To put into context how these jobs are in demand, Workforce Solutions Alamo, which studies workforce trends and connects job seekers to open positions, reports that local employers are looking to hire for jobs related to science, technology, engineering, and math (STEM), more than any of the other career paths they measure.

The high-growth occupations their analysts have identified run the gamut and include jobs in finance, healthcare, cybersecurity, aerospace and manufacturing. Not all of these jobs require a college education, but most do require some specialized training.

Build a pipeline from scratch

According to many local employers, it has always been difficult to fill STEM positions, and the current ultra-tight job market has made it even more difficult.

For example, CPS Energy, which employs 3,000 people across the city, is struggling to hire engineers, data scientists, accounting professionals, cybersecurity and IT specialists, Lisa Lewis said. , administrative director of the public service.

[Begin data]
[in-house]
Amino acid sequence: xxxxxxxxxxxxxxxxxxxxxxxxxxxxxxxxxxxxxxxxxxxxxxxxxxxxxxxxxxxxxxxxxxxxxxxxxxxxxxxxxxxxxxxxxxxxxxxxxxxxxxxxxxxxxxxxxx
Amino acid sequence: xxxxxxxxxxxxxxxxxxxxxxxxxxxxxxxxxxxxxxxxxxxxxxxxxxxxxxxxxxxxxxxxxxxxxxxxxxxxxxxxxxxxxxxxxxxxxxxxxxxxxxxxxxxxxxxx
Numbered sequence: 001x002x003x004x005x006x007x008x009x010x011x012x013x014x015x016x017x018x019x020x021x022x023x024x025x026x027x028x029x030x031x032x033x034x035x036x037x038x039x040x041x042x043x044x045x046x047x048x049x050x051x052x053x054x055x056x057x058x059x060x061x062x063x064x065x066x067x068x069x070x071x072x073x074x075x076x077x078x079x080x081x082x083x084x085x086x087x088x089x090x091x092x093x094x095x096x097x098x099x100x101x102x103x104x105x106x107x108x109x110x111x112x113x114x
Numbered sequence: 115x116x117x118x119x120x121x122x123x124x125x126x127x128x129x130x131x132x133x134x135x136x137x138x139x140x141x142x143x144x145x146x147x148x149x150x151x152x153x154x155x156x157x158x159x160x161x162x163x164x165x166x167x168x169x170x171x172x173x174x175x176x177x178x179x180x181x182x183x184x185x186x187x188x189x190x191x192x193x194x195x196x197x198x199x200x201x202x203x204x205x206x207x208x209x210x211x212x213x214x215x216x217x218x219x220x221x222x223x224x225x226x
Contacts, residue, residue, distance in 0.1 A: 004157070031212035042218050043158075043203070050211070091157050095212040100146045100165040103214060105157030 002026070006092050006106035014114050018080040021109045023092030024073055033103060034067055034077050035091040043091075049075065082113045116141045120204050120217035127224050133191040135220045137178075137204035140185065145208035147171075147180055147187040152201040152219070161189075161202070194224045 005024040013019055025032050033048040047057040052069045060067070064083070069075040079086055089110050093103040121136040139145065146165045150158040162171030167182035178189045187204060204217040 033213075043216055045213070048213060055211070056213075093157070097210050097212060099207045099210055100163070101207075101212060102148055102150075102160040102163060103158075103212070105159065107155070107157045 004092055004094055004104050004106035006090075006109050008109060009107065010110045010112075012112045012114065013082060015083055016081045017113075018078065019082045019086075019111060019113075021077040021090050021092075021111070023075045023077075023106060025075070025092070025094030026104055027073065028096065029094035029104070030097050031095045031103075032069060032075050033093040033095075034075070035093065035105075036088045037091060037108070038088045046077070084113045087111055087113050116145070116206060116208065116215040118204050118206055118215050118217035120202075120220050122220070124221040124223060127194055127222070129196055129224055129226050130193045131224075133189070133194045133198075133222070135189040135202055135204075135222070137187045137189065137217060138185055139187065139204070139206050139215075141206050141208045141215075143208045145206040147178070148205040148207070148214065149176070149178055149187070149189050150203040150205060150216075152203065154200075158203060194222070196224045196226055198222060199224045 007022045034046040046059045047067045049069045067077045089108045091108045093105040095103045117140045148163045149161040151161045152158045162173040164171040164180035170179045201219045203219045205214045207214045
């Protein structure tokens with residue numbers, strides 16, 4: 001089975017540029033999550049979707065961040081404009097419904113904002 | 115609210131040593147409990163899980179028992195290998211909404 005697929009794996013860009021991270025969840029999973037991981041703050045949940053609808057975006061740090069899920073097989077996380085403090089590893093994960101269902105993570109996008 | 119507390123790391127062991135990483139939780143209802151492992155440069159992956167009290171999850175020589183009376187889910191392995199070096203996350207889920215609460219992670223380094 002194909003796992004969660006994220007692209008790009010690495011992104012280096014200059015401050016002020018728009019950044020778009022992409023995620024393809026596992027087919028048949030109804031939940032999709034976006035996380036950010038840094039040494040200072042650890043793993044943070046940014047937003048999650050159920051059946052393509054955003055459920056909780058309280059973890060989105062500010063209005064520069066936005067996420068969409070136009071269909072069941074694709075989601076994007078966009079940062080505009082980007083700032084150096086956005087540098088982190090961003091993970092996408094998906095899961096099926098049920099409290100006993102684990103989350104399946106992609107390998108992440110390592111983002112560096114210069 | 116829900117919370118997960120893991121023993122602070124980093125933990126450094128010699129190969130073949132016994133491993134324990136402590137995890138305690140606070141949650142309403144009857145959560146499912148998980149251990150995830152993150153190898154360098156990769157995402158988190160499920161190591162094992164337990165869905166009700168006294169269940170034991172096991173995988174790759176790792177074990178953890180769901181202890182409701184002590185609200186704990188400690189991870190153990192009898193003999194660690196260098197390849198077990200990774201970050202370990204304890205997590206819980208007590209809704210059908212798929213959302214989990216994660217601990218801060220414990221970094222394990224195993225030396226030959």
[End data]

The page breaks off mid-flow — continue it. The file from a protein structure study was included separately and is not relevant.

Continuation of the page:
And San Antonio businesses don’t just compete locally anymore. In a world disrupted by the pandemic, CPS Energy now competes with companies like Apple and Amazon because many workers can now log on from home, Lewis said.

Additionally, potential employees can be even more demanding in this market: labor shortages across the country have made it harder than in the past to find the right person for any role. And for technical jobs that require technical skills, multiply that.

Freshman Audrie Torres interacts with a digital corpse made up of photos of a real person while other students watch CAST Med High School. Credit: Bria Woods/San Antonio Report